Brenda takes on the challenges of the trek.
The trek group in front of our hut.
We have been in the busy historic city of Chang Mei a week. We spent several days exploring the city, finding the extensive markets, and walking to Wats (Wat=temple). At one the sign encouraged us "chat with a monk" so we did. He spoke English, and even had a greeting in Gaelic when Brenda mentioned Ireland. We discussed his life and the practice of meditation. What he said about it is very much what is being taught here in the US, although he lives an cloistered life unlike most meditators. A highlight was a trek in the mountains to visit the Karen hill tribe villages. We walked for a few days and finished with a bamboo raft trip down river. It is hard to believe, but the Karen people live in mountainside villages, farm rice, corn and veggies, hunt and gather, and use bamboo for everything, including the houses. They also practice some slash and burn agriculture. We slept in bamboo huts for 2 nights and the guide and villagers prepared great fresh meals over a fire. The people here know very little of the outside world and very few have left the mountains ever. Motorcycles, solar panels and TV have made some inroads, but not much.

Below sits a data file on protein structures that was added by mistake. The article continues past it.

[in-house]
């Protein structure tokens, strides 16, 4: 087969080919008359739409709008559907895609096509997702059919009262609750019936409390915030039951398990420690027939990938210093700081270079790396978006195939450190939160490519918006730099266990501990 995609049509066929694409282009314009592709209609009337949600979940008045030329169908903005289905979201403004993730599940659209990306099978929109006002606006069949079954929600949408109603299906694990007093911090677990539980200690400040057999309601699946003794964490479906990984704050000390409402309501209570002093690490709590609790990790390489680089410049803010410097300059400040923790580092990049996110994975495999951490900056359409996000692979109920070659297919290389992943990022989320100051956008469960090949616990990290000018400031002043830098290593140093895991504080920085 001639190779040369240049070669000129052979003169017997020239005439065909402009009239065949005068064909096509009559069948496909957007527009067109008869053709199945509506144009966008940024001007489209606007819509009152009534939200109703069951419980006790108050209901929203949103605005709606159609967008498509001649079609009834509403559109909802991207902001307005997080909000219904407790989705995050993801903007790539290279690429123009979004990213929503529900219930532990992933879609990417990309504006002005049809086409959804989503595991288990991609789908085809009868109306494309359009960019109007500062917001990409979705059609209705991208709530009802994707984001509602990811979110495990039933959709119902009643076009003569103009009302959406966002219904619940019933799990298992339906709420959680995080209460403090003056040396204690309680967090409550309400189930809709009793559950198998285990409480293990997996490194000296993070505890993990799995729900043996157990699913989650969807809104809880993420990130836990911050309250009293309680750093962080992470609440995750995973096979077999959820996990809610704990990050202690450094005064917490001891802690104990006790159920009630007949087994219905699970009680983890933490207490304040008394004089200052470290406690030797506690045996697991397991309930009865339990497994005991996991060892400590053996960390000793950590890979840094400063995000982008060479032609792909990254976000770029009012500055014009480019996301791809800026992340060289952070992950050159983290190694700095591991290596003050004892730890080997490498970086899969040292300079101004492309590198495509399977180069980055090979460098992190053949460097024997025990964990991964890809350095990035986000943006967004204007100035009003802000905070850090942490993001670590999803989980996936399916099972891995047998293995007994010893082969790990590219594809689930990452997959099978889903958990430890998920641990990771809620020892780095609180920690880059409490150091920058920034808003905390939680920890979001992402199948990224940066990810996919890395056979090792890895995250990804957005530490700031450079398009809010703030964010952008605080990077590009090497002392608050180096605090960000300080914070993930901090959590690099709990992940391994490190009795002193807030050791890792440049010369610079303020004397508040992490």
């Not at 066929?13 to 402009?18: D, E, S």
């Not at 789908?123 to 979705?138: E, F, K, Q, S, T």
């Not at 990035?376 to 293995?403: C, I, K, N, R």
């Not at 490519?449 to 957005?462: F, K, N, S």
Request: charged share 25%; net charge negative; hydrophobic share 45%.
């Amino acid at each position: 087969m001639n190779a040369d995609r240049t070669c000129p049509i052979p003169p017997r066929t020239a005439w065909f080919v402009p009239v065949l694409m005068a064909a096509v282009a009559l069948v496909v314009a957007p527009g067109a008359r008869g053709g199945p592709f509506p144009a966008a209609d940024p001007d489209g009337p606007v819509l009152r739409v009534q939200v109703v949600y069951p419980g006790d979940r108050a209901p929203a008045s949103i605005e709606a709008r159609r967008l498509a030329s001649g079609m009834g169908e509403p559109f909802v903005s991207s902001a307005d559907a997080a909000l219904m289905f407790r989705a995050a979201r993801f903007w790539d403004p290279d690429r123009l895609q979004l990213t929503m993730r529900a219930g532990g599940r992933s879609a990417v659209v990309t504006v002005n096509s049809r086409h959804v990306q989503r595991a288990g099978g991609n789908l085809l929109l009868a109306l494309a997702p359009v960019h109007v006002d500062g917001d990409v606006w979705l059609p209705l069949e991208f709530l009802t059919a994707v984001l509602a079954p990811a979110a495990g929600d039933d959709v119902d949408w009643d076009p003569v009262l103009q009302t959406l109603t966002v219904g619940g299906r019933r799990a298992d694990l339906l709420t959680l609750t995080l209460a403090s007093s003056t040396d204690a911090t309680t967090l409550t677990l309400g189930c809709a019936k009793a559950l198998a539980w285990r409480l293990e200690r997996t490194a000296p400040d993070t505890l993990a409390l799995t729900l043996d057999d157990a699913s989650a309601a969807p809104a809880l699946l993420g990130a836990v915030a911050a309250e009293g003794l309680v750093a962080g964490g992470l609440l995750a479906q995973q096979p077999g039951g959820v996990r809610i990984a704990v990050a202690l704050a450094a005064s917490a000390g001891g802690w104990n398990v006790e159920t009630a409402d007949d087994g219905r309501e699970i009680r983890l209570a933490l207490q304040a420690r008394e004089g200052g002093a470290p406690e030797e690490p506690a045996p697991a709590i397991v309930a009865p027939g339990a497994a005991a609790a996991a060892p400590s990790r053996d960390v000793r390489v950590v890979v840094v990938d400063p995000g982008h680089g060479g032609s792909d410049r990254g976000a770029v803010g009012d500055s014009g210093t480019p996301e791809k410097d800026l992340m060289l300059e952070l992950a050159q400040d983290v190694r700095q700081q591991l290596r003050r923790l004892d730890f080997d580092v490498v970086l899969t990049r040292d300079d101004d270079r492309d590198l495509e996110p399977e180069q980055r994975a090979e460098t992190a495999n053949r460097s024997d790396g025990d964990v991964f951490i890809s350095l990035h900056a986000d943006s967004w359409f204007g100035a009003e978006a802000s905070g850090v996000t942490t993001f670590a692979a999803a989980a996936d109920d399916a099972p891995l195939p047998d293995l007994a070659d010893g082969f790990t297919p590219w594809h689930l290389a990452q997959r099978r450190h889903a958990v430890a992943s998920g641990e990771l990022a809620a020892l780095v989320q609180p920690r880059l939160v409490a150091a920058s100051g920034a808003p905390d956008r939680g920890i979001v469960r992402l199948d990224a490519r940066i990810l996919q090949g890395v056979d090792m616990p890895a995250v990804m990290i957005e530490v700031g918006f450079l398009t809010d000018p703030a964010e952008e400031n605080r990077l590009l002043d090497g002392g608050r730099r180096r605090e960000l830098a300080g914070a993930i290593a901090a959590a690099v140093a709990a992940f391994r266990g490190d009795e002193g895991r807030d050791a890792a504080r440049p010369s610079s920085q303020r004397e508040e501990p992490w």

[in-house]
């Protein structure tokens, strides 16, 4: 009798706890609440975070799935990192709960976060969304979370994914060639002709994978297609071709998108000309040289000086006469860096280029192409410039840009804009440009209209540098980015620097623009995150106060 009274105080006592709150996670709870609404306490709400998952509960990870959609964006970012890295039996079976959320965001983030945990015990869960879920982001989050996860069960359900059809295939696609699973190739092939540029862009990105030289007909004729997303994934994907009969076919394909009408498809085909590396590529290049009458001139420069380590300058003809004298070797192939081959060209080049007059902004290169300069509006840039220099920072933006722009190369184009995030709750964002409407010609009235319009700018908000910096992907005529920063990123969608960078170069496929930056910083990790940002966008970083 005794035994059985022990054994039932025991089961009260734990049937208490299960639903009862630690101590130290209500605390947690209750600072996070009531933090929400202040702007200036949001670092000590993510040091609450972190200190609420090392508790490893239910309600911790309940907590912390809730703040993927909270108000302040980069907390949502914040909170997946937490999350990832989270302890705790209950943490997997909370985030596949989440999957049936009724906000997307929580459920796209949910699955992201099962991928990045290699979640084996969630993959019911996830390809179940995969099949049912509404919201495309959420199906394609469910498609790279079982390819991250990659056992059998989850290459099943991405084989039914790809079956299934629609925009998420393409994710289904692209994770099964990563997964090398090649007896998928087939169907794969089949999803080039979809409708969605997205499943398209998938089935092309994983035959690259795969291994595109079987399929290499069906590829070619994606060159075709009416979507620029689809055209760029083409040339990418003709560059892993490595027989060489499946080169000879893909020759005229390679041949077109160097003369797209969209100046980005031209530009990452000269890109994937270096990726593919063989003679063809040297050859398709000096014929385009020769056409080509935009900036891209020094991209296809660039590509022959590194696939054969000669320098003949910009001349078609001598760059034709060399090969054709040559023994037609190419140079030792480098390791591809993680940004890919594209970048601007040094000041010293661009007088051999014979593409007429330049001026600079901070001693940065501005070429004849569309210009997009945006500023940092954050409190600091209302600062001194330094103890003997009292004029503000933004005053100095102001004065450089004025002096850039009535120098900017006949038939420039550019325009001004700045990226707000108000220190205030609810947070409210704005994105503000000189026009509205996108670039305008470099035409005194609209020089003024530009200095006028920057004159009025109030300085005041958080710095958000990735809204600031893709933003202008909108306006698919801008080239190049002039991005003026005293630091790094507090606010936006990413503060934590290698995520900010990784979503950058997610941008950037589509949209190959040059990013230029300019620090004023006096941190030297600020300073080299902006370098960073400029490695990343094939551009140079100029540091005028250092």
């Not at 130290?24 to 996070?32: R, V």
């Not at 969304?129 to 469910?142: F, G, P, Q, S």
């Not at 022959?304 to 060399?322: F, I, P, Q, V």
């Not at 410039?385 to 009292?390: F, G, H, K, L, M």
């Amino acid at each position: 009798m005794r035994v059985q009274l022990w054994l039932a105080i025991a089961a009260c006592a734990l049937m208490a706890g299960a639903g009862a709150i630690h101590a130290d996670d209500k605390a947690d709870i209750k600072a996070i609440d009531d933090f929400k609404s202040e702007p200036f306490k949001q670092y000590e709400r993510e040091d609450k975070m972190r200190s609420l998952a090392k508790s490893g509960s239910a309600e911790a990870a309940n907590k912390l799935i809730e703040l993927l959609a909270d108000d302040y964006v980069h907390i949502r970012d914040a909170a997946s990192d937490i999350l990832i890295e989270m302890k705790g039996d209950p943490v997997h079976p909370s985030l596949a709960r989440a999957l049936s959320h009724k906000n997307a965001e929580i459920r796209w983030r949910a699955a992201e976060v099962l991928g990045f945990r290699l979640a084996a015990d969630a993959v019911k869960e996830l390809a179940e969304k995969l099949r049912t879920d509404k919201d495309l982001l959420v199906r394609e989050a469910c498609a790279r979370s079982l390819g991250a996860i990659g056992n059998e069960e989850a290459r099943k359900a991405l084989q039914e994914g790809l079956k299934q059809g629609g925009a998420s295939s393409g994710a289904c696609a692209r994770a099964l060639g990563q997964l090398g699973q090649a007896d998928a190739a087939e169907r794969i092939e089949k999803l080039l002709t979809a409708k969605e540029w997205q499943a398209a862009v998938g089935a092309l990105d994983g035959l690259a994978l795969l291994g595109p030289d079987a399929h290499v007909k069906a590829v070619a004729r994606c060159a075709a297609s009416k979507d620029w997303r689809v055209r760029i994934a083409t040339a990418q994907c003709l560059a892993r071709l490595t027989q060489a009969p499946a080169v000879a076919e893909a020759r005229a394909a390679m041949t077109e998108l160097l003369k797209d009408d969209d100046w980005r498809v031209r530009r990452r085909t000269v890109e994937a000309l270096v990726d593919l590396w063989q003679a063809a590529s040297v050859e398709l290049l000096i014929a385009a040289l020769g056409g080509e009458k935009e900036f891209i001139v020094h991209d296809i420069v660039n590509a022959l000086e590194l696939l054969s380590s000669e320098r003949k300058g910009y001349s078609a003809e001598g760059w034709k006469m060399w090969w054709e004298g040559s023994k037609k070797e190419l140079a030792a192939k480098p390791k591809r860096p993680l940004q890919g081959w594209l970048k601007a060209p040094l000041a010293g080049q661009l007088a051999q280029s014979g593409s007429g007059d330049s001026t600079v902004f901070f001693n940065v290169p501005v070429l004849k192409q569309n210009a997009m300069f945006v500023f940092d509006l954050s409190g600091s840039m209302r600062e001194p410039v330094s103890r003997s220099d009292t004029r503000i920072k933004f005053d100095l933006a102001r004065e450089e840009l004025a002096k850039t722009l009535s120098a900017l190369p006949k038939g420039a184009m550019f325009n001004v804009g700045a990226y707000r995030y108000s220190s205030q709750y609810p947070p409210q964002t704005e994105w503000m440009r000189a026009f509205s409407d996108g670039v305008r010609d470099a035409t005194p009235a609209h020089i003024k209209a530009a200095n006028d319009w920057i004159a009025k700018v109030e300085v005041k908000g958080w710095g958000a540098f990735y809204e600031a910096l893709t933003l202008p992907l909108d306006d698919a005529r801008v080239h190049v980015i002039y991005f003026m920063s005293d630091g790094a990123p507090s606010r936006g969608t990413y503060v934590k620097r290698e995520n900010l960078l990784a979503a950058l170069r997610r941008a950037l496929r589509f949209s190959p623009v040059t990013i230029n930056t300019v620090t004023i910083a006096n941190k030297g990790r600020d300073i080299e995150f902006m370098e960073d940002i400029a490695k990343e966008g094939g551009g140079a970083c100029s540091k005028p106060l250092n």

The trails we followed were all local hunting and farming trail, passing thru dense jungle and passing seasonal farming sites, where people spend the rice and corn growing season out in huts away from the village.
The first evening after dinner, we spent some time with an older village couple having tea and talking with Dat, our guide. Dat told us that he had never seen the ocean, and in his one trip to Bangkok he was so perplexed by the traffic that it took him an hour to cross one of the major streets. Dat is a great person, a Karen villager learning English.